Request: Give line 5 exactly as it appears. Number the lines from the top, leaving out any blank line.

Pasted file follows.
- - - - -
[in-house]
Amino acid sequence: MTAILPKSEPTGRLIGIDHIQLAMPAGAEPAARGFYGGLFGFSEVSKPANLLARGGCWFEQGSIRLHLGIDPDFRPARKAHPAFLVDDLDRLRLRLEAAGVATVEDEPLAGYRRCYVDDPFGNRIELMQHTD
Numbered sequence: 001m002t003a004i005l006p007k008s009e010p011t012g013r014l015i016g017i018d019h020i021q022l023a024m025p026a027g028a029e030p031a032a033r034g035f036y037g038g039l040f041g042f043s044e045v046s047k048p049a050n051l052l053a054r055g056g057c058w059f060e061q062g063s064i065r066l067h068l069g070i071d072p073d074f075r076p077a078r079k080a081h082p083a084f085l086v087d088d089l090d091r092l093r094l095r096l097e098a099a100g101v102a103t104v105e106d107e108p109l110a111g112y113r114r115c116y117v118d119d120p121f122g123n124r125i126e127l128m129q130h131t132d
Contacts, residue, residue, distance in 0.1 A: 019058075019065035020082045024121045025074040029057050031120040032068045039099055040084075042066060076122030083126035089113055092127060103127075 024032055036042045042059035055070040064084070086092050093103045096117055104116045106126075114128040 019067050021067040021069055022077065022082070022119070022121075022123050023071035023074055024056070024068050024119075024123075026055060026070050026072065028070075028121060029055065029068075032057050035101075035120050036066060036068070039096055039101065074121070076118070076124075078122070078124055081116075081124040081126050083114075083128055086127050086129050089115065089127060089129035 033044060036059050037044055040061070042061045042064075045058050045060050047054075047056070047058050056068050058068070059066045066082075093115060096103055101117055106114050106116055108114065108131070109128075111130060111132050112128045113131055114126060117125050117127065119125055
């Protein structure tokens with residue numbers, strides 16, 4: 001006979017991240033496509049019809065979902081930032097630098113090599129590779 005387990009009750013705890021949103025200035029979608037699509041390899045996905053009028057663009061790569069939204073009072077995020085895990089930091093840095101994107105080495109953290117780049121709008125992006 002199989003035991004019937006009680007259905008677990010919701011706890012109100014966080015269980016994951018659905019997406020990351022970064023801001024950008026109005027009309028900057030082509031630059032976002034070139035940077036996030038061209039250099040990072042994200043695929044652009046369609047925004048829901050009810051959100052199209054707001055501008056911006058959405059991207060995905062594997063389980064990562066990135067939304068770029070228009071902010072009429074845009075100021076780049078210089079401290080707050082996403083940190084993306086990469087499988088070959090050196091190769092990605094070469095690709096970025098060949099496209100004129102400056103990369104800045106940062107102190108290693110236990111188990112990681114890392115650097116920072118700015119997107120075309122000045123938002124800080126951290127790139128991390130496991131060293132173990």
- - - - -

């Protein structure tokens with residue numbers, strides 16, 4: 001006979017991240033496509049019809065979902081930032097630098113090599129590779 005387990009009750013705890021949103025200035029979608037699509041390899045996905053009028057663009061790569069939204073009072077995020085895990089930091093840095101994107105080495109953290117780049121709008125992006 002199989003035991004019937006009680007259905008677990010919701011706890012109100014966080015269980016994951018659905019997406020990351022970064023801001024950008026109005027009309028900057030082509031630059032976002034070139035940077036996030038061209039250099040990072042994200043695929044652009046369609047925004048829901050009810051959100052199209054707001055501008056911006058959405059991207060995905062594997063389980064990562066990135067939304068770029070228009071902010072009429074845009075100021076780049078210089079401290080707050082996403083940190084993306086990469087499988088070959090050196091190769092990605094070469095690709096970025098060949099496209100004129102400056103990369104800045106940062107102190108290693110236990111188990112990681114890392115650097116920072118700015119997107120075309122000045123938002124800080126951290127790139128991390130496991131060293132173990």